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Wednesday, October 9, 2013

Why I am thankful for medication

I don't write a whole lot here about medication.  This is maybe because it's not something I ever wanted to be part of Janey's life.  If I had never had Janey, never been witness to her life, I'd be someone who, although I'd be too polite to say so, would judge people a little for giving their kids medication for what I'd call in my mind "non-medical problems"  So if you have had that thought, don't feel bad about it.

Tonight, though, I realized anew how very, very thankful I am to medication.  Let me tell you about the evening.  Tony took Freddy to a college fair at his school.  Before he left, he asked me if I wanted him to give Janey her evening medication.  I said no, because I figured he'd be back fairly early and could do it then, and I thought she'd be okay.  Well, the minute Tony left, Janey started crying.  It wasn't severe crying at first, and I mistakenly tried talking to my parents on the phone a little.  That set her off more, and the crying turned into screaming.  I got off the phone, but the damage was done.  Janey spent an hour screaming.  By this, I mean hysterical screaming, screaming like you'd hear if someone was being tortured or in agony of the worst type.  I tried every trick I had to calm her down---food, a bath, a backrub, calm talking, snuggling, TV---but none worked, not a single little bit.  She continued to scream so loudly that my eyes were ringing.  I tried looking right in her eyes and saying "You need to calm down.  You need to stop screaming"  She tried, poor girl, she tried.  She tried to take a deep breath, but her hysteria was such that she just couldn't.

Finally, I gave in.  I don't usually prepare her medication, but I know how to.  We crush pills in a mortar and pestle and dissolve them in water, as Janey can't swallow pills.  I got them ready.  Janey never, ever resists her medication.  In fact, she often asks for it.  Tonight, even though I'm not usually the one to give it to her and even though she was so upset, she took it eagerly.  I'm sure it doesn't taste great, but she just has a drink afterward.

Janey calmed down within minutes of taking the medication.  I am pretty sure there's a little bit of a placebo effect there, as I don't think it works that fast, but in a way, it's not really a placebo effect.  She knows the medication is going to work.  It does.  She knows she will be able to get control, to calm down, and anticipating that lets her use her own rudimentary self-soothing skills along with the help I can offer to calm down some even before the medication kicks in.  Once it fully kicked in, she very happily snuggled with me, played with her iPad some, sang to herself and then within 45 minutes, fell asleep.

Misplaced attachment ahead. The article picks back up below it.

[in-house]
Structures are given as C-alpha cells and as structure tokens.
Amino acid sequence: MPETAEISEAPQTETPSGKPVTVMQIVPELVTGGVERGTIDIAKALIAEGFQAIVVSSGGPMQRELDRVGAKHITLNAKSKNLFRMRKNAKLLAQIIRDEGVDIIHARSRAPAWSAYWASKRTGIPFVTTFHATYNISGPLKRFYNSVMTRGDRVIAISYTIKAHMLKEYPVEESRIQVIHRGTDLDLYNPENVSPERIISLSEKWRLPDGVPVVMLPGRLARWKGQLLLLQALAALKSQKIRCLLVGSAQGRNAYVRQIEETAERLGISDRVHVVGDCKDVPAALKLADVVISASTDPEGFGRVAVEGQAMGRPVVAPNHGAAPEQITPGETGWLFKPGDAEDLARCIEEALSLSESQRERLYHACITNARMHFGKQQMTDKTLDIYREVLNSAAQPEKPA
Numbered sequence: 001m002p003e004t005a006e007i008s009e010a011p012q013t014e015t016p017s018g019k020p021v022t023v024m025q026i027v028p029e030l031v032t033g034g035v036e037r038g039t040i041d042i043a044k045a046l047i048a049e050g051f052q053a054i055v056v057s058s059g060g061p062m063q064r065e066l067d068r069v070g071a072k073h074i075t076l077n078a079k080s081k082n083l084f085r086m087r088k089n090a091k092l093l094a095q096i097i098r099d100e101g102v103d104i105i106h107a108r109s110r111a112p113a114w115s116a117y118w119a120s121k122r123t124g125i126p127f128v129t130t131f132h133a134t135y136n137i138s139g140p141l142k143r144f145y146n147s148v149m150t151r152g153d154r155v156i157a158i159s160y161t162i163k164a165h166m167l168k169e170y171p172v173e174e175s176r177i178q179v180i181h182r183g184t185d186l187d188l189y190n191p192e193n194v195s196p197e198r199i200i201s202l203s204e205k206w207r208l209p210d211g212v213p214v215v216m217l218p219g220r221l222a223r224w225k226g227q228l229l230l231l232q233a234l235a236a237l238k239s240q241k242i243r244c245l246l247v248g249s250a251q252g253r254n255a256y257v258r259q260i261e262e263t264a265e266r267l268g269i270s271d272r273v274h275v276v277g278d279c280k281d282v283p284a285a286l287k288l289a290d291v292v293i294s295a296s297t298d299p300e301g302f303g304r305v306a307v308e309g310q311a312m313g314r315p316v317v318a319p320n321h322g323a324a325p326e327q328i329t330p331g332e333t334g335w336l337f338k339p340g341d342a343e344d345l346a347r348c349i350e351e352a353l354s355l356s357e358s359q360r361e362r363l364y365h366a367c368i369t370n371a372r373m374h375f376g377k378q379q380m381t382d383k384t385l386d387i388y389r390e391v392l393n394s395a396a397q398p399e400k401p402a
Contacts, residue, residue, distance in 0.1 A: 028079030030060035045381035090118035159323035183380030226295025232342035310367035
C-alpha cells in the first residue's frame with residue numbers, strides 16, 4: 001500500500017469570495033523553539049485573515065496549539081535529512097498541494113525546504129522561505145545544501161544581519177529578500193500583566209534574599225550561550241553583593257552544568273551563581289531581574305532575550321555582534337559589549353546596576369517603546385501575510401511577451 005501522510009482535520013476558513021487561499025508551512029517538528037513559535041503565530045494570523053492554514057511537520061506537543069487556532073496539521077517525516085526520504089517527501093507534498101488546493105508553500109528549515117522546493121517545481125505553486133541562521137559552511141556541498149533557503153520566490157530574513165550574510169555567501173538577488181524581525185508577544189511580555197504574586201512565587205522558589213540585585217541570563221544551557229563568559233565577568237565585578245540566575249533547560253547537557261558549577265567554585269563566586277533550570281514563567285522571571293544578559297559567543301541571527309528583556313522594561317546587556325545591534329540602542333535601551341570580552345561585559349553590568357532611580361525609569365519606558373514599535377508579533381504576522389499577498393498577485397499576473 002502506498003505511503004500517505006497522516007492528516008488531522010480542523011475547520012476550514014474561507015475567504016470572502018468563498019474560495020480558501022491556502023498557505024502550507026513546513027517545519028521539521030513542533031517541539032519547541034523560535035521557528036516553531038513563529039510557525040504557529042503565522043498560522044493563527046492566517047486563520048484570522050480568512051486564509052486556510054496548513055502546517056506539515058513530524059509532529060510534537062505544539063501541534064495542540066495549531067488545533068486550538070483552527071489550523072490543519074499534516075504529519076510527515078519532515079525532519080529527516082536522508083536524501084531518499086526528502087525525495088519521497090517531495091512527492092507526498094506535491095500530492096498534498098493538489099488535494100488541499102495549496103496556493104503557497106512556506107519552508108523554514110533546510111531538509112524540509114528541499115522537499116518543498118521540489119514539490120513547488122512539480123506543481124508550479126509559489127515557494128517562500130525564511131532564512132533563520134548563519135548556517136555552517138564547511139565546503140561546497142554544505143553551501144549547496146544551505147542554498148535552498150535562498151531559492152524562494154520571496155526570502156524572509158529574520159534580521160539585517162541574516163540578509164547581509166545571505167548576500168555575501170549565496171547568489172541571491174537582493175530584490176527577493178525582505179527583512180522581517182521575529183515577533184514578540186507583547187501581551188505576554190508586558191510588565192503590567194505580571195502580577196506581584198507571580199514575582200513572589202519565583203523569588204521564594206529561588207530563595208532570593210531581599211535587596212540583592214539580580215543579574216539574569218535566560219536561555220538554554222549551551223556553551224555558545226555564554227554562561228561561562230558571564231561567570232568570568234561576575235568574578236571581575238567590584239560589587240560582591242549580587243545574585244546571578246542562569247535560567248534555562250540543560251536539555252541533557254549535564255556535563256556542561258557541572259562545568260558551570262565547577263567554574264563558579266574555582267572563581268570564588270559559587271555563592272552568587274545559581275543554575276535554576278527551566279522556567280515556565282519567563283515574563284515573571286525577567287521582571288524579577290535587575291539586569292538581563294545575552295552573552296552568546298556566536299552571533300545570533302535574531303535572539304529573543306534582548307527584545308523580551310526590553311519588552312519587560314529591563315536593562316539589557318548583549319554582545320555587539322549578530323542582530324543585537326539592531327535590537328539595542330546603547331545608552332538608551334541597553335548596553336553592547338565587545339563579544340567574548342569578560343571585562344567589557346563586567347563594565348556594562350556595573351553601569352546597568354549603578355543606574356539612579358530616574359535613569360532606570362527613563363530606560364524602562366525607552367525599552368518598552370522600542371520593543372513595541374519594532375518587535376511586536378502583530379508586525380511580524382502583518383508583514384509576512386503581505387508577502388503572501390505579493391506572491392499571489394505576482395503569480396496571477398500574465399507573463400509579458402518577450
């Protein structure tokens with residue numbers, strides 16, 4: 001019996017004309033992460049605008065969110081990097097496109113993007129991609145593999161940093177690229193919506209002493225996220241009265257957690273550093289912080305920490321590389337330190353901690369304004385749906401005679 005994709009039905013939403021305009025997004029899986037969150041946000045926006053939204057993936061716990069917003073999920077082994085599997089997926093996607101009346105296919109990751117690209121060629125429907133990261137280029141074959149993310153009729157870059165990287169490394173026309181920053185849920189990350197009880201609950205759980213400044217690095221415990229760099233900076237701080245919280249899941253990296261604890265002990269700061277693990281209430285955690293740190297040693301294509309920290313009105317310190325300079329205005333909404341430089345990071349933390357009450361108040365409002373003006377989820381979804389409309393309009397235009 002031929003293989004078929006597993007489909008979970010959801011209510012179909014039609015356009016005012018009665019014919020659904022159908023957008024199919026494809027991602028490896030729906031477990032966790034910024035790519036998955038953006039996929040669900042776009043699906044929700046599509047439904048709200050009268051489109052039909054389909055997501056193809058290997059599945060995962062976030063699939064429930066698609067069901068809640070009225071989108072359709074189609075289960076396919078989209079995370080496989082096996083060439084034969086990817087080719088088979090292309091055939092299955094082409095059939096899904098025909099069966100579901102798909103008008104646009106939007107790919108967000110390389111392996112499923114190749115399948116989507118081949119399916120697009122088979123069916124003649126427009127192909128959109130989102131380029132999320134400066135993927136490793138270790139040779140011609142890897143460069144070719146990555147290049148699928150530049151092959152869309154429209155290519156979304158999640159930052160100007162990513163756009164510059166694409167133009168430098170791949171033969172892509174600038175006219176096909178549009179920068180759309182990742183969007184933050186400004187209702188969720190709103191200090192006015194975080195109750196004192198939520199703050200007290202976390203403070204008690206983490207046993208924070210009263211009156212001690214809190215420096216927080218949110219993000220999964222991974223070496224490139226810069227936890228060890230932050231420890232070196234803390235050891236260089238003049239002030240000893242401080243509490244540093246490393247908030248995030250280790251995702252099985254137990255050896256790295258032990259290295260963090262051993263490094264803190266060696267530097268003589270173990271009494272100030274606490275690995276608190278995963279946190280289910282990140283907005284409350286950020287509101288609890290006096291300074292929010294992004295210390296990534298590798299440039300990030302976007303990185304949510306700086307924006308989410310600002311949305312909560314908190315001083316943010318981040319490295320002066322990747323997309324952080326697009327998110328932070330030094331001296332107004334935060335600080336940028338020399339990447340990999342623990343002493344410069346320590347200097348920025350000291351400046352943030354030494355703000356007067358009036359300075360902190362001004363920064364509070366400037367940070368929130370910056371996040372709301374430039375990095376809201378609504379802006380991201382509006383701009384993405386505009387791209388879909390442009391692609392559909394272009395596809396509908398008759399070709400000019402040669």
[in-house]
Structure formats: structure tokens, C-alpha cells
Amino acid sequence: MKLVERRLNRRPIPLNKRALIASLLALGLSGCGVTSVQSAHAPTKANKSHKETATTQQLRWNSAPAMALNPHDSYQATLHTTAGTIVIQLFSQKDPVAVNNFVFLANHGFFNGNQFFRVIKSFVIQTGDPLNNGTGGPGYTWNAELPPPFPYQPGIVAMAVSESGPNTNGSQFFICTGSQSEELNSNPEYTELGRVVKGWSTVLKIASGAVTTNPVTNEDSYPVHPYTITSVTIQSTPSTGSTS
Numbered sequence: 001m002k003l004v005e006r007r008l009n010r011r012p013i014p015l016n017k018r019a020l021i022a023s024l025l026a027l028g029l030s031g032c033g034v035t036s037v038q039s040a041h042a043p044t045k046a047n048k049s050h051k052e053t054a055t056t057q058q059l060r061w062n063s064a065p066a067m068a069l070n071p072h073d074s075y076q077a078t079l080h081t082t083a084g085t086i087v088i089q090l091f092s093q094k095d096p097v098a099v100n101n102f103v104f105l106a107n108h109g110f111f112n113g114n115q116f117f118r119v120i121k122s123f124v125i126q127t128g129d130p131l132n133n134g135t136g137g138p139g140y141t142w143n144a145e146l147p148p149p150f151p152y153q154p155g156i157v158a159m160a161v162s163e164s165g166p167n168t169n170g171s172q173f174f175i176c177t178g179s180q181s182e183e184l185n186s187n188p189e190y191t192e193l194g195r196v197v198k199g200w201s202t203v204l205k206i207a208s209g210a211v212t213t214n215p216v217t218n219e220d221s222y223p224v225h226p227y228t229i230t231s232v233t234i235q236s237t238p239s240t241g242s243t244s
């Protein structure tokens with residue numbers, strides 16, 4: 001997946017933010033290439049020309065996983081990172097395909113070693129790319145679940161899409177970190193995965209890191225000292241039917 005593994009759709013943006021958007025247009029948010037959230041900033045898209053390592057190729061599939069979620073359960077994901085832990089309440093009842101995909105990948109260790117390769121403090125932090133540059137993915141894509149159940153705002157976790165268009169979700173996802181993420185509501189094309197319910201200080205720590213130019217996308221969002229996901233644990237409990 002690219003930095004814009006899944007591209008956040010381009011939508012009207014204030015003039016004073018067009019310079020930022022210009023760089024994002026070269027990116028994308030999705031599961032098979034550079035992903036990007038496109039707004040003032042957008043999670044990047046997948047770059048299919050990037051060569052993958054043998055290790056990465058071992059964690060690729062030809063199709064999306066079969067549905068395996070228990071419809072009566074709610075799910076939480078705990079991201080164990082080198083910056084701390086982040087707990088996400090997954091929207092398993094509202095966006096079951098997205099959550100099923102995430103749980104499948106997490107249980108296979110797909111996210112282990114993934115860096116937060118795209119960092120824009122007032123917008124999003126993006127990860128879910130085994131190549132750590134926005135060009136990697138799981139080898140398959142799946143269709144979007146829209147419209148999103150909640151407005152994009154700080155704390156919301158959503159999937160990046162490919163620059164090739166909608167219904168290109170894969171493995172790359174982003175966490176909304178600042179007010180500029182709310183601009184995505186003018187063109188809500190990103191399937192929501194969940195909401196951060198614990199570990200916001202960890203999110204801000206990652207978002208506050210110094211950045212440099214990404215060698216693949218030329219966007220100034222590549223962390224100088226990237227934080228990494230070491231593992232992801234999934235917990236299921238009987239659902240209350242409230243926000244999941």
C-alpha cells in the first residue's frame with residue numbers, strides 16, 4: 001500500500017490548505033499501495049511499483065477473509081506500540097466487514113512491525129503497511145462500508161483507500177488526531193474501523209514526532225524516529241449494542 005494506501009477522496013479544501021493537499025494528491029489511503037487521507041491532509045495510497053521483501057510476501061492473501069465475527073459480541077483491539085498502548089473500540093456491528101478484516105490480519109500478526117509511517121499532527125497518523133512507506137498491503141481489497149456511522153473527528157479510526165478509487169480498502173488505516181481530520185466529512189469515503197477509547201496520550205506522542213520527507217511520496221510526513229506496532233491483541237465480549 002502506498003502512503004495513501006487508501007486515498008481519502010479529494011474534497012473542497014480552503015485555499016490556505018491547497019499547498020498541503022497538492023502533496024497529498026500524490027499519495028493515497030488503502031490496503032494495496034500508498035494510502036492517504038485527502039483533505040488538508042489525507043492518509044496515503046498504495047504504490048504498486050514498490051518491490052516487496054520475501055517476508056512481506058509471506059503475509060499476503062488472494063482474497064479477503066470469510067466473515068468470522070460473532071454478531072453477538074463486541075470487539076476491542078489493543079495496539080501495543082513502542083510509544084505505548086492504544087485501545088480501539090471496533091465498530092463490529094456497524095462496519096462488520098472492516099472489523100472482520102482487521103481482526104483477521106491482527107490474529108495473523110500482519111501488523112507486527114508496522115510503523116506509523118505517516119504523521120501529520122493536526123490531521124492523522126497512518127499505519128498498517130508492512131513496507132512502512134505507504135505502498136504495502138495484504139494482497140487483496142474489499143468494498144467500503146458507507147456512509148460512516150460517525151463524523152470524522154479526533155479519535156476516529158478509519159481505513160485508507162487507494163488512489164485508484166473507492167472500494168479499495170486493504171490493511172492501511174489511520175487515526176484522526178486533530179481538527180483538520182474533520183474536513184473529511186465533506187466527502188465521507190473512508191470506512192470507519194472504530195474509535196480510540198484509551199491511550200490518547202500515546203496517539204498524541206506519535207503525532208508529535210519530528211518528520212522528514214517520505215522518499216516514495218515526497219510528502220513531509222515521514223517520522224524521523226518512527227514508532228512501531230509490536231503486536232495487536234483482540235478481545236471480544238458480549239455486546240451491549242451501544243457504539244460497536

I said at the start of this how I would have judged people for giving their kids medication for "non-medical problems".  Well, I think anyone who had seen Janey tonight would see that how she was acting was in a lot of ways a medical problem.  She can't function when she is hysterical.  She can't talk, she can't eat, she can barely breath well.  She can't certainly learn anything, or go anyplace, or enjoy life a single bit.  The medication that allows her to get through the days---still not easily, but to be able to learn a little, talk a little, enjoy food and playing and going places at times---is necessary.  It's completely necessary for her.  I think something clicked in me tonight.  The little part of me that still hated to give her medication, that still thought that I should be able to make her happier on my own, was converted. I am thankful for the medication, as I am thankful for anything that truly helps my girl.


Sabrina Steyling said...

In your situation, yes, the medications have their place, and you should not feel bad about giving them to Janey. She does need them, and no one should judge you for that because they're not living your life. YOU are. And you've got to do what's best for your child.

Sophie's Trains said...

It sounds like the meds are doing what they're intended to do- which is amazing. Who knows why she screams. Maybe it's panic attacks (I have them they're frightening and I'm able to rationalize them to myself usually- stil they leave me shaken up for hours afterwards). Maybe it's another mental condition. You are responsible, you weigh your options but from what you described she seems distressed by the screaming herself. I am so happy she (and you!) have found relief. I think it's safe to say that the screaming fits are not "behavioural" so it makes sense to look beyond behaviourist approaches to deal with them.